New data from cryptocurrency asset manager and researcher Demelza Hays shows that Dash has clear market cycles in its trading patterns and price performance.
Check out this @Dashpay USD average monthly return seasonality chart! ??
May is the best performing month and October is the worst. ?️??
— Mark Mason (@StayDashy) November 13, 2019
As the chart shows, the winter and spring months tend to be better performing months for Dash over the summer and fall months. Hays did elaborate that the data needs to be viewed with some caveats since there is only so many data points to support these trends at the current time.
“Over the past five years, Dash has experienced a semi-annual pattern of rising during the months of November through May and slowing down June through October. The best month for Dash has historically been May with a monthly average return of 112%. However, this is because only five to six observations exist in the sample for each month, including an outlier month in May of 2014 when the price of Dash moved up 600%. To put this into perspective, Dash saw a 173% increase in price in November of the 2017 bull run. The next best month has been February with a 41% monthly return on average.”
However, there is an opportunity to analyze market cycles at a more granular level by looking at the days. Here the data clearly shows that Fridays have the most significant Dash positive return, followed by Sunday. Tuesday is the worst performing day. These trends can be given more confidence since, as Hays added, “there are over 300 observations per day, which makes the results less swayed by outliers in the sample”.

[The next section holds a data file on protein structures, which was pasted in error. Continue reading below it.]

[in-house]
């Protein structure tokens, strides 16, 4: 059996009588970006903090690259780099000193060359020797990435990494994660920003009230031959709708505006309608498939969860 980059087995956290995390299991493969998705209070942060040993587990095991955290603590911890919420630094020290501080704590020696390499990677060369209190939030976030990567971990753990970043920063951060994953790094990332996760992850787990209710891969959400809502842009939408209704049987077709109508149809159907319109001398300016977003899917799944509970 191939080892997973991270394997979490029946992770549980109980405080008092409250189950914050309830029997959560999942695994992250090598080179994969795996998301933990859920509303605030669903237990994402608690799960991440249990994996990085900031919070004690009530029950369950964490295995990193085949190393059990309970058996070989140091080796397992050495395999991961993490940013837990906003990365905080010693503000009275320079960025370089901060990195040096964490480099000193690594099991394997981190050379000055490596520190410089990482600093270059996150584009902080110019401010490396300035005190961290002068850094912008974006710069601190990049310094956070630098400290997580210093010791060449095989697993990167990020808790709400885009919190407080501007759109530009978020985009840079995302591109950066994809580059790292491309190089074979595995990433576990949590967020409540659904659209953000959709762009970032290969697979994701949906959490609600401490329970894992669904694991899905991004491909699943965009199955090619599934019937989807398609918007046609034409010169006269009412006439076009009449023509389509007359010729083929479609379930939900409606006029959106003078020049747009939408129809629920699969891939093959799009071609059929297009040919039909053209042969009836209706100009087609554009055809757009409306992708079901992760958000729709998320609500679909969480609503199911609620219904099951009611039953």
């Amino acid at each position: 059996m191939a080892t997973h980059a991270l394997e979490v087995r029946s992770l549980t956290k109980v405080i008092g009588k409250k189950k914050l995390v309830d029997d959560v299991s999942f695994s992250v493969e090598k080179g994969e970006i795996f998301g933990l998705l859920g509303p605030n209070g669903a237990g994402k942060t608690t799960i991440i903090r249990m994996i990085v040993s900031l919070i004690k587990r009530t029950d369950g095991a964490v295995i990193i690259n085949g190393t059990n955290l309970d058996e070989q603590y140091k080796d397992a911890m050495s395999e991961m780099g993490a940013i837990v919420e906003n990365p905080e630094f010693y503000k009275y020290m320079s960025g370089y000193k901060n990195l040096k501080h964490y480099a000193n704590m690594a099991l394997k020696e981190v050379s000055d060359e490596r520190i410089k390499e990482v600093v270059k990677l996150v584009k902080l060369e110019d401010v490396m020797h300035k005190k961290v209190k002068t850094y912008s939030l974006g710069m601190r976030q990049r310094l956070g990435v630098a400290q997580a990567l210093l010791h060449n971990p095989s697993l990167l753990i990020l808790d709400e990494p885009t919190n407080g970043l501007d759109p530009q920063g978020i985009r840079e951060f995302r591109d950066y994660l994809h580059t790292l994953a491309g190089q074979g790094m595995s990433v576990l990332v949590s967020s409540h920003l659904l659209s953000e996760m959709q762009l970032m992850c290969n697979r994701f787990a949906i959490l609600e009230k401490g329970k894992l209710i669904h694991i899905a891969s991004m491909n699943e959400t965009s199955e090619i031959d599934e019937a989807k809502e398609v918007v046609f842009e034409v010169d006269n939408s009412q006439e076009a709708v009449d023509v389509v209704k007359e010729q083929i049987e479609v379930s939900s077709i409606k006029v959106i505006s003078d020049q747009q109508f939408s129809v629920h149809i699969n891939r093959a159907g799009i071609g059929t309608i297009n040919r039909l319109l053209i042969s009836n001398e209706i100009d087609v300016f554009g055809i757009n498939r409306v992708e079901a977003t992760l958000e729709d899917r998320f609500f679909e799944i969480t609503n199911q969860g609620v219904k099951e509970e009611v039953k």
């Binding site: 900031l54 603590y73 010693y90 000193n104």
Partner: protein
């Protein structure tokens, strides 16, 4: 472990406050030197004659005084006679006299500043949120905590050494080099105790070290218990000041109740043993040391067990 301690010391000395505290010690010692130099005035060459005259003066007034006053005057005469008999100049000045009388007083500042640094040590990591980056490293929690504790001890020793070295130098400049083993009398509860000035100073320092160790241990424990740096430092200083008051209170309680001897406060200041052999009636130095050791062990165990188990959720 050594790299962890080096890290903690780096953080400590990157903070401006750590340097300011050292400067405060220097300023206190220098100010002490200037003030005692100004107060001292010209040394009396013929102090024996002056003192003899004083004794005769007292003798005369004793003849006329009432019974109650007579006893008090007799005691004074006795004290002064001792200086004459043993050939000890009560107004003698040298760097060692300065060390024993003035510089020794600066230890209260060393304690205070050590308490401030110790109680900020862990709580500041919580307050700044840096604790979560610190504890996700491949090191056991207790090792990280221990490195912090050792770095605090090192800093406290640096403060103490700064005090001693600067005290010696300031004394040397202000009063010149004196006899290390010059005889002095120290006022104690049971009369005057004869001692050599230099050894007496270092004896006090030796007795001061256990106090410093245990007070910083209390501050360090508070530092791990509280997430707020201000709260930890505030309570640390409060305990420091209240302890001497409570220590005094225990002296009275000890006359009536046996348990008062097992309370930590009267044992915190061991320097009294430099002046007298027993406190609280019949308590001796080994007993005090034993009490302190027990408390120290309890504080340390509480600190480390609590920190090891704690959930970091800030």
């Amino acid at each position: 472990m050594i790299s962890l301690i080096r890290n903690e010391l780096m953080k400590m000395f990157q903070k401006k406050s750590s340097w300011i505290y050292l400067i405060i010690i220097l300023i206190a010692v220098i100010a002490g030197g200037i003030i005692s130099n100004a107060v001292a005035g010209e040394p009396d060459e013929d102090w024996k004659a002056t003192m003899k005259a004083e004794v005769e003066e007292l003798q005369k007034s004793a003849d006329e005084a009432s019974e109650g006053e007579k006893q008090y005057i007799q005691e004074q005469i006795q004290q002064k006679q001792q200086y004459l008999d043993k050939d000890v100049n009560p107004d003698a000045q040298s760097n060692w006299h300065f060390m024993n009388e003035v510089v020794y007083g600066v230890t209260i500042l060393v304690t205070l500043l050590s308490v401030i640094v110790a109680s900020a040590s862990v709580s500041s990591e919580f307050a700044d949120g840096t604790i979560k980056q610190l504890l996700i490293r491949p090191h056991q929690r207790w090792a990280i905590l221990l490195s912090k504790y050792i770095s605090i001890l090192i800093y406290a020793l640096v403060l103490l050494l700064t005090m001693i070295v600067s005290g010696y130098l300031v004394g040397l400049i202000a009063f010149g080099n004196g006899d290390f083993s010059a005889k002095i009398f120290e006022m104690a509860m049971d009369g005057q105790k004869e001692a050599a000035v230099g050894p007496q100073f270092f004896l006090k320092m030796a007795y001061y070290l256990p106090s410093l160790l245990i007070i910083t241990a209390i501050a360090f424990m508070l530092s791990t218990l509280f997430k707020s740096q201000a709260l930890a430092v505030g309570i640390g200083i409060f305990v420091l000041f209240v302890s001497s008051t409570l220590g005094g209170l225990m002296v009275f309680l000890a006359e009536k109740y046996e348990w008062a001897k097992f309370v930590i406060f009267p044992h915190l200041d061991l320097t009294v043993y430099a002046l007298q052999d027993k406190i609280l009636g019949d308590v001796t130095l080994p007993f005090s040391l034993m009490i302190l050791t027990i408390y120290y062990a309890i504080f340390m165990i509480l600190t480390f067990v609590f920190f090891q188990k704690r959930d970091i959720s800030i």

Possible causes for seasonality trends
Most investment sectors have some kind of seasonality or market cycles that repeat themselves as investors look for patterns for trading, which does beg the question if it is a self-fulfilling prediction as investors repeat past actions. While the exact reason for these cycles remains a mystery, some hypotheses can be made. One possibility is that since Dash has higher returns on weekends, it could be because of less supply and more demand on exchanges, which could be coming from more people using Dash to conduct their weekend spending. Another hypothesis is that the people buying and selling Dash have other weekday jobs and as such do not do much trading during the weekday, which then causes low volume and therefore lower returns for weekdays. While these are only hypotheses that would have to be tested against more data points to be validated, the overall trend does show that Dash has a clear seasonality to its returns.
Split between consumers and traders
Dash has been targeting two types of users, everyday consumers that use Dash to make real purchases and traders that use Dash on exchanges in attempt to make trading gains. Both of these groups benefit from Dash’s fast and inexpensive attributes, but they can cause different seasonality patterns. Consumers and merchants might only buy when they need to for their purchases and businesses, which could be skewed by certain days and months whereas traders are simply looking for patterns and will tend to reenforce the status quo. From this, liquidity plays an important role for a cryptocurrency to be able to maintain stability since when liquidity drops, dramatic price swings can occur and cause large losses or gains. As two more charts from Hays show, Dash has relatively stable liquidity across the days of the week, but does have skewed liquidity during the winter months. Once users can see more stability, they will then have more faith in adopting Dash and cryptocurrency for everyday use.